Product Review No. 3 - Readywelder II - Portable MIG welder

Tuesday, Dec 21, 2010 at 18:21

Mick O

A disclaimer of sorts;
These reviews are not designed to influence you towards any particular product. I’m not receiving any financial advantage in doing this, rather I am providing my personal opinion on the quality and suitability of the products I have purchased and used. Any decision about purchasing a product should be made on a thorough analysis of your own needs and budget and supported by your own research (as were mine). Any questions, please ask it in the comments section below and I'll do my best to answer them for you.


Ready Welder 2

($900 to $1100 Australia or $500 -$620 USD/CAN if you can get it shipped)

With any prolonged outback travel, I've always believed in being prepared for as many eventualities as you can. The need to put something back together can rear it's ugly head when you least expect it. Previously I had prepared a bush welding kit for DC welding using stick and a couple of car batteries. While this worked in a rough and limited fashion, regulation of the ampage was tricky and a s a result the welds were hit and miss with real risk of doing some serious damage to thinner metals. This year I sourced the Ready Welder 2 through my Canadian associates (bless em) and thank god I did as it was invaluable on the trip with some interesting outback welding exercises taking place



The Readywelder can be powered in several different ways. One way is to use 1, 2, 3, or 4 12 volt deep cycle batteries depending on the material being welded. For example one 12 volt battery works great when sheet metal welding is needed. For thicker steel such as 6mm angle iron, The Readywelder recommends two 12 volt deep cycle battery's. The Readywelder can also be used with most traditional welders (40V DC or less). For our applications we chose to run two 12 volt batteries joined together equalling 24 volts output which allows the Ready Welder to weld up 15mm steel with a 200 amp draw. If I were to ad an additional battery for a total of three 12 volt batteries combined voltage equalling 36 volts would allow me to weld up to 20mm steel (or aluminium if you’re good enough at 270 amps drawn).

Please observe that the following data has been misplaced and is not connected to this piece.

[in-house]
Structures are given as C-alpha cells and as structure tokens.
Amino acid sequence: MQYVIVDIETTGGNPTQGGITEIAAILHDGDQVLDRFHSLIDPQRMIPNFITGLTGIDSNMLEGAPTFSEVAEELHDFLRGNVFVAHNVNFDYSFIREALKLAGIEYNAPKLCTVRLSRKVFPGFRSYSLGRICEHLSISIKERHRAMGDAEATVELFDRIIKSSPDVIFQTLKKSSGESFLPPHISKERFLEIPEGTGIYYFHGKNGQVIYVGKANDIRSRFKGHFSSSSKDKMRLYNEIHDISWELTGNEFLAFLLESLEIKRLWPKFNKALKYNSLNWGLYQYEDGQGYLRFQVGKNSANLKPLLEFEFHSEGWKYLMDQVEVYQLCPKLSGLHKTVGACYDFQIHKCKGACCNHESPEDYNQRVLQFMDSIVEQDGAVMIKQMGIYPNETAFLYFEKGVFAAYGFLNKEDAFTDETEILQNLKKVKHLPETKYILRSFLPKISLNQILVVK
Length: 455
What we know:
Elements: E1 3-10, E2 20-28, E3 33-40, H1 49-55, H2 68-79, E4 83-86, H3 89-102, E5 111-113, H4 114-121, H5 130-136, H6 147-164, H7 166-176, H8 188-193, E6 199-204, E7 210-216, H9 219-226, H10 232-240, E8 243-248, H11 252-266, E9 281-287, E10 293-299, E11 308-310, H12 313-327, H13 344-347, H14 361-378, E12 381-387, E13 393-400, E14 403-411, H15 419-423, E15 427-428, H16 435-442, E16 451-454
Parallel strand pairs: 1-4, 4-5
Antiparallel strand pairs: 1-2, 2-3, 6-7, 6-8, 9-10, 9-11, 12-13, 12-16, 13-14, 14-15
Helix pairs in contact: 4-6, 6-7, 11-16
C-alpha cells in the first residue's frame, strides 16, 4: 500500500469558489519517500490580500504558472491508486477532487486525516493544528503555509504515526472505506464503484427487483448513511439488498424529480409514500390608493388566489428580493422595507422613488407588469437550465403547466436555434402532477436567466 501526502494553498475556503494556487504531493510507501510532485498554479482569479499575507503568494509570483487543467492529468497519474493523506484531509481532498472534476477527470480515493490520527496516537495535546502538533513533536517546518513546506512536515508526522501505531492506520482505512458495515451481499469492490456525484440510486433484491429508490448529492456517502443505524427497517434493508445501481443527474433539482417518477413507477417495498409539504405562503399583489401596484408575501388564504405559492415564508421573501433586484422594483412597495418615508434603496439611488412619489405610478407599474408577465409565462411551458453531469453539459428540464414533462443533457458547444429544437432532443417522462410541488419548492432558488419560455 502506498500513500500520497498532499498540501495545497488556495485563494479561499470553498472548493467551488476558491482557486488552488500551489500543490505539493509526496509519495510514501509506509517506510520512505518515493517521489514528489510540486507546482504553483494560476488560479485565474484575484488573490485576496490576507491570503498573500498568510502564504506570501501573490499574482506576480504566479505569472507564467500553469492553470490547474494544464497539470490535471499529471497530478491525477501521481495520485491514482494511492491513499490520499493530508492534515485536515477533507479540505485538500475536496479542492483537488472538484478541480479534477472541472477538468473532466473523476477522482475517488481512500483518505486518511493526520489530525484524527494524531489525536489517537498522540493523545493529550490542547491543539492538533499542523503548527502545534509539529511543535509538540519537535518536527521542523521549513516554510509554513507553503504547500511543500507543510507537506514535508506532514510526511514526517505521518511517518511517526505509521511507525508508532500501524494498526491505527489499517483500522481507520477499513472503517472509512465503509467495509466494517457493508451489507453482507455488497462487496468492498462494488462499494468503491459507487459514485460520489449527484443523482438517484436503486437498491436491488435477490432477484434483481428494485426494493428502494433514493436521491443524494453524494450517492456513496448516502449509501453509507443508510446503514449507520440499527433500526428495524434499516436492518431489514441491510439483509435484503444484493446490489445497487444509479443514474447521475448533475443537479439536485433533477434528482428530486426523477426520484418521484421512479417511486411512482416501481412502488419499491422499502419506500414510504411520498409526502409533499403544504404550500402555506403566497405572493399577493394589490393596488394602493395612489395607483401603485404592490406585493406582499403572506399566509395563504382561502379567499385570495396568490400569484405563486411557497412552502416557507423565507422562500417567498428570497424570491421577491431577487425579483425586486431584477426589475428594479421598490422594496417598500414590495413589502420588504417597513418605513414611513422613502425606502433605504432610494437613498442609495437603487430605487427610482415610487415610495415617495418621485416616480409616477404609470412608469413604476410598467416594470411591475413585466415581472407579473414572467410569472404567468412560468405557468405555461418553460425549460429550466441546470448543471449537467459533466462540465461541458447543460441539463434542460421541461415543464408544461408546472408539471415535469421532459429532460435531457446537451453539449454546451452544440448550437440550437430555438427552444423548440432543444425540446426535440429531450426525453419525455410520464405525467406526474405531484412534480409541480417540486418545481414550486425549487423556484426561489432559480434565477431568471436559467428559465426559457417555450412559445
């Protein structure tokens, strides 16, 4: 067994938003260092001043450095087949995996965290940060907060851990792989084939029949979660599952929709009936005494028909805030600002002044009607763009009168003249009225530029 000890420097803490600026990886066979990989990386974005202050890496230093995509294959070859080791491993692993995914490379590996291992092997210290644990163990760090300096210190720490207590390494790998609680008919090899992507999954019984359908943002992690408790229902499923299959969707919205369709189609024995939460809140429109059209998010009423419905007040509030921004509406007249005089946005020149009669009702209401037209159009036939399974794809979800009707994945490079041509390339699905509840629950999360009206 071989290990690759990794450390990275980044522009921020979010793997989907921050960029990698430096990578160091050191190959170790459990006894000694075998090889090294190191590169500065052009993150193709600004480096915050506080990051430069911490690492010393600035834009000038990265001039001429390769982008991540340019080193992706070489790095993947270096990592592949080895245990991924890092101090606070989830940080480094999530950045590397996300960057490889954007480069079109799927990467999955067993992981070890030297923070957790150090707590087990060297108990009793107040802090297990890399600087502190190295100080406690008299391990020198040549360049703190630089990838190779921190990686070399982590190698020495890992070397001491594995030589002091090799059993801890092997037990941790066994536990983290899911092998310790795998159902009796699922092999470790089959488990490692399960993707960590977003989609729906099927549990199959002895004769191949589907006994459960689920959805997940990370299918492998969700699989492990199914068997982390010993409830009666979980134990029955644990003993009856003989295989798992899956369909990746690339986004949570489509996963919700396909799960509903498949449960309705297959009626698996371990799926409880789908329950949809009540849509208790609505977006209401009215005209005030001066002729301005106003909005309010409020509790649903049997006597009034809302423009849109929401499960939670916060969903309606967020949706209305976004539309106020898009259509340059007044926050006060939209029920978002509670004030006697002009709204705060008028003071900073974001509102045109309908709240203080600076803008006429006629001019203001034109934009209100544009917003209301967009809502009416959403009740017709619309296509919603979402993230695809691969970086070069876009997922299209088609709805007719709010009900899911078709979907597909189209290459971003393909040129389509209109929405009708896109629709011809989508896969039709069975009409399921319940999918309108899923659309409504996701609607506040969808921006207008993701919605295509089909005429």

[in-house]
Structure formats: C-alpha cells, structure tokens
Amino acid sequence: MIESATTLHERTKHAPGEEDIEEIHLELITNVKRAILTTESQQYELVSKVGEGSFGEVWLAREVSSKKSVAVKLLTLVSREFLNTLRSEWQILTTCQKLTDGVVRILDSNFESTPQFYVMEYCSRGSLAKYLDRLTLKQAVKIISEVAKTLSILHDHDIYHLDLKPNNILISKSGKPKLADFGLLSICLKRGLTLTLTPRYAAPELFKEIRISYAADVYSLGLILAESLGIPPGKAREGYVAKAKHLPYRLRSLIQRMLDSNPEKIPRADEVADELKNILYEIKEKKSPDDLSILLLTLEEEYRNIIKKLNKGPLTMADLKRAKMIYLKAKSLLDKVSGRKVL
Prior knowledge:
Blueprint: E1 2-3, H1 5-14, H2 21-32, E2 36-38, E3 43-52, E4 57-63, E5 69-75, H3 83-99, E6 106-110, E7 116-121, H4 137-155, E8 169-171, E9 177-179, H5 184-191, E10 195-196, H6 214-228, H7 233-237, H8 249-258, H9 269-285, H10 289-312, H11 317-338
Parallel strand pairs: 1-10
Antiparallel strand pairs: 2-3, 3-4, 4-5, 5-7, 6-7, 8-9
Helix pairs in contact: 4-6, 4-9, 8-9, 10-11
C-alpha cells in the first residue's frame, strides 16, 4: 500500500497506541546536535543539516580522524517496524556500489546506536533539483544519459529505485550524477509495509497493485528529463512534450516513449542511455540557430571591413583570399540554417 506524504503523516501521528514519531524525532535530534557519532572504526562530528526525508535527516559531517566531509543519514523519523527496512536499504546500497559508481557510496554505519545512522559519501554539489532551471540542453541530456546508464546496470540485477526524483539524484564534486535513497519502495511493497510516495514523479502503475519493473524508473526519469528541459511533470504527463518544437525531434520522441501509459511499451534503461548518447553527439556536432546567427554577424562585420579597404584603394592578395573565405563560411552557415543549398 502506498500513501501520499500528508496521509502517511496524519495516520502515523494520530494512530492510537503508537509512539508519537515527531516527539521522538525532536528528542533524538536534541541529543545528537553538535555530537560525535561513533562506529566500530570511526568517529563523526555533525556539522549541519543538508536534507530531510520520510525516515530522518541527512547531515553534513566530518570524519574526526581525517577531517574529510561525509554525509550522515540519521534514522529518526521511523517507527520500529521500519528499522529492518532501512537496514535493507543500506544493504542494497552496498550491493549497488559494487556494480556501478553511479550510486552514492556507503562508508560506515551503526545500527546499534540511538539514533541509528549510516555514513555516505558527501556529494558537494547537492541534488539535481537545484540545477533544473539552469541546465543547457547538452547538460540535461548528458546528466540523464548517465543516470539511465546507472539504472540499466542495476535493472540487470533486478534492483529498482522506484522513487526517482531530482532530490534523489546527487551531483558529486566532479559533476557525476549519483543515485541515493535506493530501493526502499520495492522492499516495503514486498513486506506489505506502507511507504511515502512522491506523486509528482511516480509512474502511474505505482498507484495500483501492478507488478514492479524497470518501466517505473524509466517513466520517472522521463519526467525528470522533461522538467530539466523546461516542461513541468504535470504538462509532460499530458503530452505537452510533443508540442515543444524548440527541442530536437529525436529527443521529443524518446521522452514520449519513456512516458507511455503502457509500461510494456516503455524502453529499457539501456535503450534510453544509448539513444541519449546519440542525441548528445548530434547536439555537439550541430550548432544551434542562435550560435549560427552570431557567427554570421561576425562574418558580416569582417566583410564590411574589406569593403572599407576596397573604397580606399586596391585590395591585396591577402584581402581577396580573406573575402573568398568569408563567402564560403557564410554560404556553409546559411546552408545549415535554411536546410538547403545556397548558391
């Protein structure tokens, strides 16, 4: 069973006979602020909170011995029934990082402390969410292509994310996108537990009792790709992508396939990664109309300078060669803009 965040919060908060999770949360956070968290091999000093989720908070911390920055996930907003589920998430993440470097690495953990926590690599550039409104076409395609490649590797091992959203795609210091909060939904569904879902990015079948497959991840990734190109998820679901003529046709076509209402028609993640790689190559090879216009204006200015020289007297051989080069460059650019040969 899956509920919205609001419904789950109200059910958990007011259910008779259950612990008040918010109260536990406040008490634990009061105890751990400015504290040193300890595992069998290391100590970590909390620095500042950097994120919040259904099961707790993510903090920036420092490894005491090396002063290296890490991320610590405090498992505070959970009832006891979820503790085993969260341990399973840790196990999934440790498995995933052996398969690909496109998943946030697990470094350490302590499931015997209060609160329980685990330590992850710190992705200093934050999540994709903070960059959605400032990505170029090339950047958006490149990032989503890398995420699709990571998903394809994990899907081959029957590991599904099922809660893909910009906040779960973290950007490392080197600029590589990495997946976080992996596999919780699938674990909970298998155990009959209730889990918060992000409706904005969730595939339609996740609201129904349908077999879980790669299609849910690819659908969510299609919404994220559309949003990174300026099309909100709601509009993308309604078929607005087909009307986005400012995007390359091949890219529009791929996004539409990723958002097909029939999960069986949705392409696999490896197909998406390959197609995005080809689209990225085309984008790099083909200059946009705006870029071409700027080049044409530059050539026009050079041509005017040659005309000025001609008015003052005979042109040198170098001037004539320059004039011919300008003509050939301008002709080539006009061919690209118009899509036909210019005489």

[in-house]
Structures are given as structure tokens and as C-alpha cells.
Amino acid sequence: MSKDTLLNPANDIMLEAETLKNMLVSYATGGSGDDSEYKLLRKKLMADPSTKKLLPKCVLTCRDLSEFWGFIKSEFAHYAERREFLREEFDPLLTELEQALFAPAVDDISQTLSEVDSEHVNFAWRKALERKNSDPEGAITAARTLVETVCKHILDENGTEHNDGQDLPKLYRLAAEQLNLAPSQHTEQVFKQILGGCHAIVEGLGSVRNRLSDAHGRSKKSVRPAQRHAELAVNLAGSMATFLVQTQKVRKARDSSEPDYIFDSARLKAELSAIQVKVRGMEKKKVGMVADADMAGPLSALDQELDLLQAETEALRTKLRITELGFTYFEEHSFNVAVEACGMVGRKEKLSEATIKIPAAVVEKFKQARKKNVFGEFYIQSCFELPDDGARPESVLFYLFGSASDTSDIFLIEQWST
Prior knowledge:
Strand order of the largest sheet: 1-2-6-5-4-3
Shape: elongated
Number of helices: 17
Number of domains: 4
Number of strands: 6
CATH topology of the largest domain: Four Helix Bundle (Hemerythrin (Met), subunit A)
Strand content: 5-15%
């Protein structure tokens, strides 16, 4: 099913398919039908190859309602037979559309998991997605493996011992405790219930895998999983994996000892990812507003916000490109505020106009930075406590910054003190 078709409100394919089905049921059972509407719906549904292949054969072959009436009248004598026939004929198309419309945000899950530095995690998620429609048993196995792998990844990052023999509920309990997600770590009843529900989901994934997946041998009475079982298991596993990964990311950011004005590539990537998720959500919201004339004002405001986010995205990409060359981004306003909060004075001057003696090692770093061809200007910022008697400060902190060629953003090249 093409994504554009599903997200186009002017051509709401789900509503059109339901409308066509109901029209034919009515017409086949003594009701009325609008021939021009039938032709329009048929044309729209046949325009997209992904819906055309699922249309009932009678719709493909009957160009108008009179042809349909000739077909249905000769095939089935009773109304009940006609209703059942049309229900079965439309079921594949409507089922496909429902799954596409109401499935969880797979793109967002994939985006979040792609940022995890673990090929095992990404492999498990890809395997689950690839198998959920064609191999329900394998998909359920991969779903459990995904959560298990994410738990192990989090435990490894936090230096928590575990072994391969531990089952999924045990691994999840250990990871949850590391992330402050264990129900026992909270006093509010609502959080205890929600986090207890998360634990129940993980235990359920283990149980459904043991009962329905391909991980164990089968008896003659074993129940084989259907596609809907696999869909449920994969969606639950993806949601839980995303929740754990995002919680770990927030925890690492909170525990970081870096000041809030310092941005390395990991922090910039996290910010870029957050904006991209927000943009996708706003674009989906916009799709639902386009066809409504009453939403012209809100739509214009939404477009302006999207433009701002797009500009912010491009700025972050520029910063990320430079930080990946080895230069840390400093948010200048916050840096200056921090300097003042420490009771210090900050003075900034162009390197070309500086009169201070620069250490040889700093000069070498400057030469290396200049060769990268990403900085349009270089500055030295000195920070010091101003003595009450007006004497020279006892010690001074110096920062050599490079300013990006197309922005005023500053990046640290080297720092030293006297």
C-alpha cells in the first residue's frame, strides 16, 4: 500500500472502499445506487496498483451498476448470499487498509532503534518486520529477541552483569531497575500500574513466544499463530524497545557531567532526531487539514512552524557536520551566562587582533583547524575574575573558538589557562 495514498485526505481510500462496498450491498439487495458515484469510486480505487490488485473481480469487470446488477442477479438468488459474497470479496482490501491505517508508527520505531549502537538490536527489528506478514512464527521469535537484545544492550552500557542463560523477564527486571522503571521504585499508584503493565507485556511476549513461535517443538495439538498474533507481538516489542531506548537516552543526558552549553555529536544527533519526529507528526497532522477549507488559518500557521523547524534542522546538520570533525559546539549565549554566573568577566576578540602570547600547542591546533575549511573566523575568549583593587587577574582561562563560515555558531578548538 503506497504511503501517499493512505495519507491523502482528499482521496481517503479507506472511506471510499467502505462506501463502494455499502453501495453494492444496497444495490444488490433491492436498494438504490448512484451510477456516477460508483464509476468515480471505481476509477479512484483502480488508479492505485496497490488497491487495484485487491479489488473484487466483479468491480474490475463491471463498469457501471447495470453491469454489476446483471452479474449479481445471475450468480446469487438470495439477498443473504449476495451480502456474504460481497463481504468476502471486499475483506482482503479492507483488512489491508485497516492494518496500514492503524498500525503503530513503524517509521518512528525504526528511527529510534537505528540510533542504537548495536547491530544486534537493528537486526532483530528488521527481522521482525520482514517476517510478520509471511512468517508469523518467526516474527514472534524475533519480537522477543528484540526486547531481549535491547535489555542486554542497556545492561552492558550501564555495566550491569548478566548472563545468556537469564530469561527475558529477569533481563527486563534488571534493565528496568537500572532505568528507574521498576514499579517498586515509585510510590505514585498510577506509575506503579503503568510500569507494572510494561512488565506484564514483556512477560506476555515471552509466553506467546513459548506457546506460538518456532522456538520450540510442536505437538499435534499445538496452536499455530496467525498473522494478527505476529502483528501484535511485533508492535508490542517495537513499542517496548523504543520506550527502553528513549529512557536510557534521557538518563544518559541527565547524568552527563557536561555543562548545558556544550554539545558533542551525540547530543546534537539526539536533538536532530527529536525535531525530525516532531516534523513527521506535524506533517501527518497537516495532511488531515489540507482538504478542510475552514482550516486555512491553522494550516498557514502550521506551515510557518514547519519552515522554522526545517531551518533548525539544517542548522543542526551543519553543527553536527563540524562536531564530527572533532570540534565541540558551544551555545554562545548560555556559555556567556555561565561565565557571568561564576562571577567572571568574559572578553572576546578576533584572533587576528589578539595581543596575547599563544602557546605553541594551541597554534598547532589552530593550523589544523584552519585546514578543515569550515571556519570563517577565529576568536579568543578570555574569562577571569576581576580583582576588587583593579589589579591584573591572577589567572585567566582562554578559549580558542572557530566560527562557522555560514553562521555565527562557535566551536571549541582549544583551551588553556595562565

The controls are pretty basic. The trigger turns on the wire feed motor and the red dial is used to control the wire feed speed. A pair of LEDs (one green, one red) indicate the polarity of the gun (details included the manual). The trigger does NOT control the tip....it is always electrically hot, so be careful that you don't arc it while moving the tip into position. Ready Welder has recently released a "cool" tip model which eliminates the always “hot” tip.



The kit comes with everything you need to get the welder running. As per any outback welding, it’s advisable to remove the batteries from the vehicle or at the very least, disconnect them from the vehicle prior to use. Batteries should be covered, particularly non sealed to prevent any ignition of gases produced and released by the batteries.








We did encounter one issue with the Readywelder in that the feed mechanism tended to jam at times. We were unable to ascertain the reason for this as the tensioner still appeared to work, the tip was clear and the spool in good order wire wise. We believe that it bay have been due to burring or wear on the central shaft supporting the spool. We would advise that when travelling with the Readywelder, you don’t do so with the spool loaded. Leave the spool holder empty and fit the spool at the time you wish to commence welding. Also use the smaller half kilo spools rather than the heavy 1kg spool (1lb and 2lb spools).

One of the real pros of having a unit like the Readywelder is that your far more experienced travel companions will fight each other for the privilege of using it leaving the mechanically challenged like myself to "supervise" and provide the cups of tea ;-). If you're serious about "Off Road" travel then this is one that transcends the "He who has the most toys wins" mentality to be a piece of kit well worth considering.










LINK to another example of Bush Welding


LINK to Scotty using the Readywelder in the Gibson 2010.




''We knew from the experience of well-known travelers that the
trip would doubtless be attended with much hardship.''
Richard Maurice - 1903
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